Volume 28, Issue 1
Q Inversion and Comparison of Influential Factors among Three Methods: CFS, SR, and AA

Yinting Wu & J. T. Wu

Commun. Comput. Phys., 28 (2020), pp. 356-371.

Published online: 2020-05

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  • Abstract

The goals of this study were to examine factors influencing Q inversion and to provide references for practical application. Three different methods for inverting Q values with VSP data were explored, including centroid frequency shift (CFS), spectral ratio (SR), and amplitude attenuation (AA). Comparison between the CFS and the other two methods was conducted on frequency band widths and low attenuation, wavefield components, interface interference, and thin layers. Results from several sets of VSP modeling data indicated that the CFS method is more stable and accurate for dealing with thin and high Q layers. Frequency band width, especially the presence of high frequencies, influences the inversion effect of all three methods. The wider the band, the better the results. Q inversion from downgoing wavefield was very similar to that of the upgoing wavefield. The CFS method had fewer outliers or skip values from the full wavefield than the other two methods. Moreover, the applications to Q inversion for the set of field VSP data demonstrated that the Q curves from the CFS method coincided with the geological interpretations better than the Q curves of the other methods. Meanwhile, inverse Q filtering shifted the frequency component from 25 Hz to 35 Hz. The results demonstrated that the Q curve is more sensitive to geological horizons than velocity.

  • Keywords

Q inversion, centroid frequency shift, amplitude attenuation, spectral ratio, zero-offset VSP data.

  • AMS Subject Headings

74J25, 86A15, 86A22, 86A60

  • Copyright

COPYRIGHT: © Global Science Press

  • Email address

wuyinting0215@163.com (Yinting Wu)

qingqing@163.com (J. T. Wu)

  • BibTex
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  • TXT
@Article{CiCP-28-356, author = {Wu , Yinting and Wu , J. T. }, title = {Q Inversion and Comparison of Influential Factors among Three Methods: CFS, SR, and AA}, journal = {Communications in Computational Physics}, year = {2020}, volume = {28}, number = {1}, pages = {356--371}, abstract = {

The goals of this study were to examine factors influencing Q inversion and to provide references for practical application. Three different methods for inverting Q values with VSP data were explored, including centroid frequency shift (CFS), spectral ratio (SR), and amplitude attenuation (AA). Comparison between the CFS and the other two methods was conducted on frequency band widths and low attenuation, wavefield components, interface interference, and thin layers. Results from several sets of VSP modeling data indicated that the CFS method is more stable and accurate for dealing with thin and high Q layers. Frequency band width, especially the presence of high frequencies, influences the inversion effect of all three methods. The wider the band, the better the results. Q inversion from downgoing wavefield was very similar to that of the upgoing wavefield. The CFS method had fewer outliers or skip values from the full wavefield than the other two methods. Moreover, the applications to Q inversion for the set of field VSP data demonstrated that the Q curves from the CFS method coincided with the geological interpretations better than the Q curves of the other methods. Meanwhile, inverse Q filtering shifted the frequency component from 25 Hz to 35 Hz. The results demonstrated that the Q curve is more sensitive to geological horizons than velocity.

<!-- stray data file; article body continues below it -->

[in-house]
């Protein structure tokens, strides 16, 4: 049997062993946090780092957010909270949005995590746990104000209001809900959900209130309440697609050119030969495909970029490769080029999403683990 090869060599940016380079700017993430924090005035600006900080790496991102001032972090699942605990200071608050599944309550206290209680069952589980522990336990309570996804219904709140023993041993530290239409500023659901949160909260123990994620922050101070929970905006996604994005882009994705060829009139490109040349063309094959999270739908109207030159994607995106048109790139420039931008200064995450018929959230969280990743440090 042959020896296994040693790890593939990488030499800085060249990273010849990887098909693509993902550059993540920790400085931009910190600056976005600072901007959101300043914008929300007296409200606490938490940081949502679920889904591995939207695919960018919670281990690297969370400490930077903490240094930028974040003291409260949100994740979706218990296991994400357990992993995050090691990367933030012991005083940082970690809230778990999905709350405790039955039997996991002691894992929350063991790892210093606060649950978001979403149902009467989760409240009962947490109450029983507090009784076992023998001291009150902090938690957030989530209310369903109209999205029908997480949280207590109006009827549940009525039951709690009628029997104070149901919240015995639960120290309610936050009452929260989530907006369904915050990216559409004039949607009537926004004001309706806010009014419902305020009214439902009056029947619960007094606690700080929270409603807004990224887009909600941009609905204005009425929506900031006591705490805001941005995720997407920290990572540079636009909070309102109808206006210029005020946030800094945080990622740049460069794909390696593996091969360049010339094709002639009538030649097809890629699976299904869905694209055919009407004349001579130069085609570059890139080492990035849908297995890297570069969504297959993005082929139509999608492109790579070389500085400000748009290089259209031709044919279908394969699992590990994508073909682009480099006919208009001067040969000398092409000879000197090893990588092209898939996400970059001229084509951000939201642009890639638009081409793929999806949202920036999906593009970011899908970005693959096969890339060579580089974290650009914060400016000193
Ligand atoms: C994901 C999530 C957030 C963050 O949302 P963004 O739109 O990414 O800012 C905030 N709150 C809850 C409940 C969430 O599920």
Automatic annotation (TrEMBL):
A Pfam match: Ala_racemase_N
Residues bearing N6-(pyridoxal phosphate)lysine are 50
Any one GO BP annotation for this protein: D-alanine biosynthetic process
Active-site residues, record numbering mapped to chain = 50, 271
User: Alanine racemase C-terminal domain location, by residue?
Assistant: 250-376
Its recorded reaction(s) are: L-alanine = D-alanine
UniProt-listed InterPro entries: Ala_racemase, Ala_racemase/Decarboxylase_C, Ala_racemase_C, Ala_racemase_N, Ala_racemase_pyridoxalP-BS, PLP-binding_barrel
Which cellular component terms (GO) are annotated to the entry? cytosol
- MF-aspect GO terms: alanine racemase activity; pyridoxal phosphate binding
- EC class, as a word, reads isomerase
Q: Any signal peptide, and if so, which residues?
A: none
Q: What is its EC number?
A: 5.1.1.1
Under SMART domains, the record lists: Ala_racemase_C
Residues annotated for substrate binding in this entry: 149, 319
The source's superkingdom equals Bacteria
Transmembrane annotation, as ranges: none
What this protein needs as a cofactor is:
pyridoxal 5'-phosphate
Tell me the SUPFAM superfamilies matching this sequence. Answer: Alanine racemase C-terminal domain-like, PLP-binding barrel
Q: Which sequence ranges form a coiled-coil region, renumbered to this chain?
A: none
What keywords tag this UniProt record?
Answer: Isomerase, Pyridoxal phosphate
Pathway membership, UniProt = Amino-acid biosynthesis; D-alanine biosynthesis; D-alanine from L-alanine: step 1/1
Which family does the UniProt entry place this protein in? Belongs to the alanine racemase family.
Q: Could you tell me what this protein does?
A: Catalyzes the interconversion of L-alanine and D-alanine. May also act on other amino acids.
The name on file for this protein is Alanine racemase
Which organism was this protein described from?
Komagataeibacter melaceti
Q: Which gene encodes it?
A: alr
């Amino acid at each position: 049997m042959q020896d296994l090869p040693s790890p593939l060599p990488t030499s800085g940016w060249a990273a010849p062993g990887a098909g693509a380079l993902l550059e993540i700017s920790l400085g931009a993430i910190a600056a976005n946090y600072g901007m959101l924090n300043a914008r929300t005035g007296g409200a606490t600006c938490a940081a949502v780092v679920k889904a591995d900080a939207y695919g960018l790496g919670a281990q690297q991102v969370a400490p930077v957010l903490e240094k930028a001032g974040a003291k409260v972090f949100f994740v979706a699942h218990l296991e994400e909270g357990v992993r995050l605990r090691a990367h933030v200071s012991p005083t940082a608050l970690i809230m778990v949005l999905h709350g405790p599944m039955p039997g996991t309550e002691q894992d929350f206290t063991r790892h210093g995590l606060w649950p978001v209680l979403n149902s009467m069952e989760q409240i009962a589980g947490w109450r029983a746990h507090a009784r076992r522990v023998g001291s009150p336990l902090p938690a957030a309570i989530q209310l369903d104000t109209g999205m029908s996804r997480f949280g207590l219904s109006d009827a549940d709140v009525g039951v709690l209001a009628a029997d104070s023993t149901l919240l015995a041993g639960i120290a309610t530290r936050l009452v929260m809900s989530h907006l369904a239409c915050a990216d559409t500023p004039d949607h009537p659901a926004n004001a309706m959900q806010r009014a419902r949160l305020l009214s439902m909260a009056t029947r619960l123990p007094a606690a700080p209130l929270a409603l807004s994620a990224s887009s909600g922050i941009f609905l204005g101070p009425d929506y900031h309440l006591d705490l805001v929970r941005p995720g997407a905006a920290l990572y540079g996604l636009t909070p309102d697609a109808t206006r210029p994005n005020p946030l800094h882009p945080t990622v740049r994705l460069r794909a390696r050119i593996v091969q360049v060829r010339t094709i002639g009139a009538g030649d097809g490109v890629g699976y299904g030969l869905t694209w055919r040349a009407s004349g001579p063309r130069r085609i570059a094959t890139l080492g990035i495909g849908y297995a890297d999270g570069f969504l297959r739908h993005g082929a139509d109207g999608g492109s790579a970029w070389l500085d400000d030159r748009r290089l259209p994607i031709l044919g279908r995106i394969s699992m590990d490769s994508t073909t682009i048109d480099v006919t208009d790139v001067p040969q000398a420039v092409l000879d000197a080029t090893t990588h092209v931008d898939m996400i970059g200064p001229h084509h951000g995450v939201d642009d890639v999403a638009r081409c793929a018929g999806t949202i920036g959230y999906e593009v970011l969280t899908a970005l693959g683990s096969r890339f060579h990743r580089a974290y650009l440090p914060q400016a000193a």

}, issn = {1991-7120}, doi = {https://doi.org/10.4208/cicp.OA-2018-0290}, url = {http://global-sci.org/intro/article_detail/cicp/16843.html} }
TY - JOUR T1 - Q Inversion and Comparison of Influential Factors among Three Methods: CFS, SR, and AA AU - Wu , Yinting AU - Wu , J. T. JO - Communications in Computational Physics VL - 1 SP - 356 EP - 371 PY - 2020 DA - 2020/05 SN - 28 DO - http://doi.org/10.4208/cicp.OA-2018-0290 UR - https://global-sci.org/intro/article_detail/cicp/16843.html KW - Q inversion, centroid frequency shift, amplitude attenuation, spectral ratio, zero-offset VSP data. AB -

The goals of this study were to examine factors influencing Q inversion and to provide references for practical application. Three different methods for inverting Q values with VSP data were explored, including centroid frequency shift (CFS), spectral ratio (SR), and amplitude attenuation (AA). Comparison between the CFS and the other two methods was conducted on frequency band widths and low attenuation, wavefield components, interface interference, and thin layers. Results from several sets of VSP modeling data indicated that the CFS method is more stable and accurate for dealing with thin and high Q layers. Frequency band width, especially the presence of high frequencies, influences the inversion effect of all three methods. The wider the band, the better the results. Q inversion from downgoing wavefield was very similar to that of the upgoing wavefield. The CFS method had fewer outliers or skip values from the full wavefield than the other two methods. Moreover, the applications to Q inversion for the set of field VSP data demonstrated that the Q curves from the CFS method coincided with the geological interpretations better than the Q curves of the other methods. Meanwhile, inverse Q filtering shifted the frequency component from 25 Hz to 35 Hz. The results demonstrated that the Q curve is more sensitive to geological horizons than velocity.

Yinting Wu & J. T. Wu. (2020). Q Inversion and Comparison of Influential Factors among Three Methods: CFS, SR, and AA. Communications in Computational Physics. 28 (1). 356-371. doi:10.4208/cicp.OA-2018-0290
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